Oct 24, 2020; Stillwater, Oklahoma, USA; Iowa State Cyclones linebacker Mike Rose (23) celebrates an interception from an Oklahoma State Cowboys quarterback Spencer Sanders (not pictured) at Boone Pickens Stadium. Mandatory Credit: Sarah Phipps-USA TODAY Sports
Today we continue our series previewing Iowa State’s fall camp media availabilities with a look at the conversations with the media ahead for Jeff Myers and Tyson Veidt.
Jeff Myers, Offensive Line
1 – How difficult is it to solidify a rotation?
There might not be a guy on Iowa State’s staff with a tougher job than Myers.
After all, he’s the guy who has to sort out how you cut a list of, according to Matt Campbell, 11 starter-level offensive linemen down to five, then carve out the rest of the rotation from there. Obviously, that is a good problem to have, but it can’t be easy to navigate when you consider the wealth of experience and talent returning to the room in 2021.
It is hard to imagine the Cyclones having a starting offensive line that doesn’t feature Trevor Downing, who is finally back at full health after getting injured in the first half of last year’s season opener and didn’t play again in 2020, at one of the guard spots. The same could be said for Colin Newell, who started all 12 games at center last season while earning first-team All-Big 12 honors and has 26 career starts under his belt.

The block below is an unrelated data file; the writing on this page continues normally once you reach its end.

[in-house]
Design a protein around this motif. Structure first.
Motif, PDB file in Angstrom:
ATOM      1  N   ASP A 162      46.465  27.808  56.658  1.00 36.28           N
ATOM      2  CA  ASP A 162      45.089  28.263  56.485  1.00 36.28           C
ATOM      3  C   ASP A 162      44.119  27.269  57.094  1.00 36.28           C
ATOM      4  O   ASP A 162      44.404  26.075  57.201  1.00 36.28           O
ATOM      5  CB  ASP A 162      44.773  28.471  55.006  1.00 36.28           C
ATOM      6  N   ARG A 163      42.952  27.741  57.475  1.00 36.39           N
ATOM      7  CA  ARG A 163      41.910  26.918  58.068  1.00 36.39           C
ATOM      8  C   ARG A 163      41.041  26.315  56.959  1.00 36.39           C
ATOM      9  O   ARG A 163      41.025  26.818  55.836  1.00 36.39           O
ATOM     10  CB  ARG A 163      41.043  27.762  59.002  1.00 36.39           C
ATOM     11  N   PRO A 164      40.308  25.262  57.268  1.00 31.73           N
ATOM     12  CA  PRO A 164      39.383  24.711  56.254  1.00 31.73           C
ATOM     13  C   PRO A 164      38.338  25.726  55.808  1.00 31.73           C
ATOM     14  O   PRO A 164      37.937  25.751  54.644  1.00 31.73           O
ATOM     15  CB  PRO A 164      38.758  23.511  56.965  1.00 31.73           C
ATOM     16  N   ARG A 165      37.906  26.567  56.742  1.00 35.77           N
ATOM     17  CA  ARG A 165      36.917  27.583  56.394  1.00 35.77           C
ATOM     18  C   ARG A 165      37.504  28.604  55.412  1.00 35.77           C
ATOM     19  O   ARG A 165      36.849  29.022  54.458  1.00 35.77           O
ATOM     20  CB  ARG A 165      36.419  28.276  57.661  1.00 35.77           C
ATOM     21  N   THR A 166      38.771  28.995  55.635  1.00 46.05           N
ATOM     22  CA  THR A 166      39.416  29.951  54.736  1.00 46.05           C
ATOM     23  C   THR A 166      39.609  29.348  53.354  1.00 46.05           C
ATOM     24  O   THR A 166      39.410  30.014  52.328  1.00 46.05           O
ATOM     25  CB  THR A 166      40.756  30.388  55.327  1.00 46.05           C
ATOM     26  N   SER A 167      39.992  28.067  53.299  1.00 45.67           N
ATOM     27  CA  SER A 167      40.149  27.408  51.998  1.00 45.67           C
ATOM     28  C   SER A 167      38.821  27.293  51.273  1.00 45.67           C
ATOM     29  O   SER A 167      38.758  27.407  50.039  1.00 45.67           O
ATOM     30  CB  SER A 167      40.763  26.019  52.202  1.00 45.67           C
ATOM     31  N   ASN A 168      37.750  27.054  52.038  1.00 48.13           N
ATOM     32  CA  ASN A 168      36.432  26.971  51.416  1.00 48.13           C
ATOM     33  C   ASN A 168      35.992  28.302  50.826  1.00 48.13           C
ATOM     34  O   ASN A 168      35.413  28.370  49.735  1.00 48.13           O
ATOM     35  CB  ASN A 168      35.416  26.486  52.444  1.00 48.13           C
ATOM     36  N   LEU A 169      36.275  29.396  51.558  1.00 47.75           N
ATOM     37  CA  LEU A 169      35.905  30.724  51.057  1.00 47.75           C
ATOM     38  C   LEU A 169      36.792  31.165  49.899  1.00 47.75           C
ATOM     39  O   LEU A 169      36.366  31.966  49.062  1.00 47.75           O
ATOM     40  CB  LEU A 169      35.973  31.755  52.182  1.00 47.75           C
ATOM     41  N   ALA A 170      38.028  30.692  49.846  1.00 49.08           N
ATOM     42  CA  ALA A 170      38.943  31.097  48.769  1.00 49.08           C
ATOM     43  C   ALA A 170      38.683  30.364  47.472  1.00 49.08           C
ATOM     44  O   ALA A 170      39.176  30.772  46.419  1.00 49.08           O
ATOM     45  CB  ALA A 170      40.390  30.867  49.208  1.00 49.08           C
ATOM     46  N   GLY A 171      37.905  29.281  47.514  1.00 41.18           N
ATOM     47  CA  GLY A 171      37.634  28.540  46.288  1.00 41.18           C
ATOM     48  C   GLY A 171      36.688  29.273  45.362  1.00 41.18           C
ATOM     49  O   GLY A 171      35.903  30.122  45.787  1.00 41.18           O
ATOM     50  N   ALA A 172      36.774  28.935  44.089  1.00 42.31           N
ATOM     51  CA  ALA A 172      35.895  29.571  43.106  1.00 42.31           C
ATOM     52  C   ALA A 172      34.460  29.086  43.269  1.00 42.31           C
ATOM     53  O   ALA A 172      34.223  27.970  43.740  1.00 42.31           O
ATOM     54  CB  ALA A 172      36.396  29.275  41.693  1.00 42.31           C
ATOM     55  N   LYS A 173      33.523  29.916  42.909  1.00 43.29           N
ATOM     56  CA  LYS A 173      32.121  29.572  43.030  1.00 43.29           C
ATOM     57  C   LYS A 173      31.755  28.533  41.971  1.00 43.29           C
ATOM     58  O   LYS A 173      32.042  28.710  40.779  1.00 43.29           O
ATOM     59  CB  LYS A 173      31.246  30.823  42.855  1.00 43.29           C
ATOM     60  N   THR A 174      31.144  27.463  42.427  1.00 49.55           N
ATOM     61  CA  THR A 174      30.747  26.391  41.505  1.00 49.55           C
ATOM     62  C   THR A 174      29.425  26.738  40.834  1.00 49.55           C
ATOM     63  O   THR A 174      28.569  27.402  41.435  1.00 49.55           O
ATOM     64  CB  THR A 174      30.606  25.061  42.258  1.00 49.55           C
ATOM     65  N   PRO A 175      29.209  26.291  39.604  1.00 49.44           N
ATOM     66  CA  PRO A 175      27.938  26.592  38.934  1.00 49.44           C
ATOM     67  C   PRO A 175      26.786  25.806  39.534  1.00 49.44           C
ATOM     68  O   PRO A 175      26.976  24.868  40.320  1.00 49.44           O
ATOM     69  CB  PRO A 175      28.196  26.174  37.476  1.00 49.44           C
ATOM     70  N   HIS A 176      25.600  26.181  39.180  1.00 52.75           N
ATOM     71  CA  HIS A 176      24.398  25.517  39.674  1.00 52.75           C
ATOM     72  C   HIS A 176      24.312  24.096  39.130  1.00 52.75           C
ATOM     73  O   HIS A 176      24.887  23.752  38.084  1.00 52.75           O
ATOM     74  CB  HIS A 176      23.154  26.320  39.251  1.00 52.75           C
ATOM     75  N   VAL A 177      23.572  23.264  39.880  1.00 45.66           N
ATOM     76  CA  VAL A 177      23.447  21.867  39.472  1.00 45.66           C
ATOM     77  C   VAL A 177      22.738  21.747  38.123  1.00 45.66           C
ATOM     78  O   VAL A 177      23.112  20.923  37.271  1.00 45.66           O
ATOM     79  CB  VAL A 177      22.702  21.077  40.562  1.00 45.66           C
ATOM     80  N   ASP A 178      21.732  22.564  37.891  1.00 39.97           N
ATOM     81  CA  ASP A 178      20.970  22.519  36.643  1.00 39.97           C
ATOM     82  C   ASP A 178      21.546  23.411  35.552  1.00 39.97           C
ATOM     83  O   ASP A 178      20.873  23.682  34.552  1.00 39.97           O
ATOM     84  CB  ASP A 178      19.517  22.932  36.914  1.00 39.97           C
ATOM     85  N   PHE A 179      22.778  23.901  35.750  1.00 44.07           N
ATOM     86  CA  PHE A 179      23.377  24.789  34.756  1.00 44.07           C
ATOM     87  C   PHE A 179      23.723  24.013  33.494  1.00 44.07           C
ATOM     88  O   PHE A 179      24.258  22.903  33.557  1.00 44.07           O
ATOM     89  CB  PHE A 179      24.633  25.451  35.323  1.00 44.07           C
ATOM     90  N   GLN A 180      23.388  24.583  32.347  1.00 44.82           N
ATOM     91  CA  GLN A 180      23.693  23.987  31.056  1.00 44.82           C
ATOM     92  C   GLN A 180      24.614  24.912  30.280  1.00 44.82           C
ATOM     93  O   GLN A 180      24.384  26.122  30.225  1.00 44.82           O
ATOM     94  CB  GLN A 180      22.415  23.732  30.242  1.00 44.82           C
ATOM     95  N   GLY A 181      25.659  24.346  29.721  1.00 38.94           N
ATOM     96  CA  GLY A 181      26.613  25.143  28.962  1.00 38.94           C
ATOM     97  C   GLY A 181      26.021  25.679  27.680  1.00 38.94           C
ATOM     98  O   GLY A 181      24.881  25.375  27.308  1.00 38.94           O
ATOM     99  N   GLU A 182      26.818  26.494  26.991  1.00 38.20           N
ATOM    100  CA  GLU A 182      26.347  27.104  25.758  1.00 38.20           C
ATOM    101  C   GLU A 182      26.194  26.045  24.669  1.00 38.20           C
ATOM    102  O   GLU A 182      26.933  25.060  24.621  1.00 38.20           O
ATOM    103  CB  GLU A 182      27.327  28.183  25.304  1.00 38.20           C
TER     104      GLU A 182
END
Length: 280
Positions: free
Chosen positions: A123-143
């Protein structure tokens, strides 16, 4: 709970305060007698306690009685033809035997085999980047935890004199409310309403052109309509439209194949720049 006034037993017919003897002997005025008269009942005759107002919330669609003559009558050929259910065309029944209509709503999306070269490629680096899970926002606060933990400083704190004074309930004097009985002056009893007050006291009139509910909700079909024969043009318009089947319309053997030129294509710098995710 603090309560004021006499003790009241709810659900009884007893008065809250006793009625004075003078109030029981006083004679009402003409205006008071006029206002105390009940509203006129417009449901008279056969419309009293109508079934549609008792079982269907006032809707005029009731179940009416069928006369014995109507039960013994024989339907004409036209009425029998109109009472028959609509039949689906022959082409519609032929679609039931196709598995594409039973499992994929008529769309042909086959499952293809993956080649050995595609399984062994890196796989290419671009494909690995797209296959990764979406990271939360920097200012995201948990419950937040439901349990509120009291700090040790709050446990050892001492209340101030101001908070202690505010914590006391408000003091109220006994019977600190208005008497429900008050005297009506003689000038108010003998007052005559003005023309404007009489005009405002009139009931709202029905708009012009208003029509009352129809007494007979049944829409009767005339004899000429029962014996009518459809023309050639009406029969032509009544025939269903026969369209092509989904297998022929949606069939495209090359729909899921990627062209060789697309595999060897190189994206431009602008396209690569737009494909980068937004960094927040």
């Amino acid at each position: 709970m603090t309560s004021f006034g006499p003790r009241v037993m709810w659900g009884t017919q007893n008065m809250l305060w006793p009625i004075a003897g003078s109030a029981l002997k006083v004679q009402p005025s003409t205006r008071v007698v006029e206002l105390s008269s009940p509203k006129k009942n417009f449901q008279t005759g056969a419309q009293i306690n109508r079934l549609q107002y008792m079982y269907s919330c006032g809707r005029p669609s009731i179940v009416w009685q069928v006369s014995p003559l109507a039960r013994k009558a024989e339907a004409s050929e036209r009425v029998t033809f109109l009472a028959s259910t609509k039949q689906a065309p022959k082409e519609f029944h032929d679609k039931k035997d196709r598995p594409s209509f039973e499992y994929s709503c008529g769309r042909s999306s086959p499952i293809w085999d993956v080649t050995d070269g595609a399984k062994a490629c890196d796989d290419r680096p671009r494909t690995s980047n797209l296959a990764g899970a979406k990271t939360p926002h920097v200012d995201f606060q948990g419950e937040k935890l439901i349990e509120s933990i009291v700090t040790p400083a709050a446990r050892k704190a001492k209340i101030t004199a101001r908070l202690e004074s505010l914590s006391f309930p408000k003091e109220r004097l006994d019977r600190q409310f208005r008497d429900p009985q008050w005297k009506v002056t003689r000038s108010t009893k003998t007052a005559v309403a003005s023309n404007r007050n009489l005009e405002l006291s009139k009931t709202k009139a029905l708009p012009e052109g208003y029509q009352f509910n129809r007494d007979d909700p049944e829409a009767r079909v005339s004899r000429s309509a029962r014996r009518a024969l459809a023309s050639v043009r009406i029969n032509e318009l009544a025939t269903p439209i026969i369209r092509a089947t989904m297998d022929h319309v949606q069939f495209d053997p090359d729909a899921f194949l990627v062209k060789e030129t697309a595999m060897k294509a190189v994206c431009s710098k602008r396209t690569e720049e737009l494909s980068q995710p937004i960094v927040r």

That still leaves three starting spots open, although I’m not sure how much being a starter with this group really matters as there will be enough depth to rotate guys consistently if that’s how the staff wishes to approach it.
Derek Schweiger started all 12 games at left guard last season but showed versatility by sliding to other positions when needed. He’ll likely battle with sophomore Darrell Simmons, who started 11 games at right guard after Downing’s injury and was a freshman All-American in 2020 for the other guard spot.
The tackle spots could be even harder to sort through with Sean Foster, Joey Ramos and Jake Remsburg all back. Foster started all 12 games at left tackle for the Cyclones last season, while Ramos and Remsburg started five and eight, respectively.
None of this even considers talented players we haven’t seen as much like Jarrod Hufford, Rob Hudson, Grant Treiber or Tyler Miller.
Having a wealth of talent is a good (and welcome when you consider the program’s past circumstances at the position) problem for Iowa State to have in 2021. I don’t envy Myers for having to be the one who sorts through it on a day-to-day basis.
2 – Who has made the biggest leap from last year to this year?
The answer to this question could go a long way towards deciding the first conundrum. Experience is obviously worth quite a bit, especially at the line spots, but it is hard to deny talent when it makes a jump, even if that talent is inexperienced.
That’s the sort of thing that could open the door for a player like the 6-foot-9, 320-pound Miller, a once highly sought-after recruit out of Greene County. It would be difficult to keep a player like that off the field if the lightbulb has come on and he’s clearly ready to see in-game action even if he is a redshirt freshman.
Of course, the answer to this question could be one of the guys we already discussed, too. Simmons was just a redshirt freshman with a lot of room to grow when he was forced into action last season. The same goes for Remsburg, who will also be just a redshirt sophomore in 2021.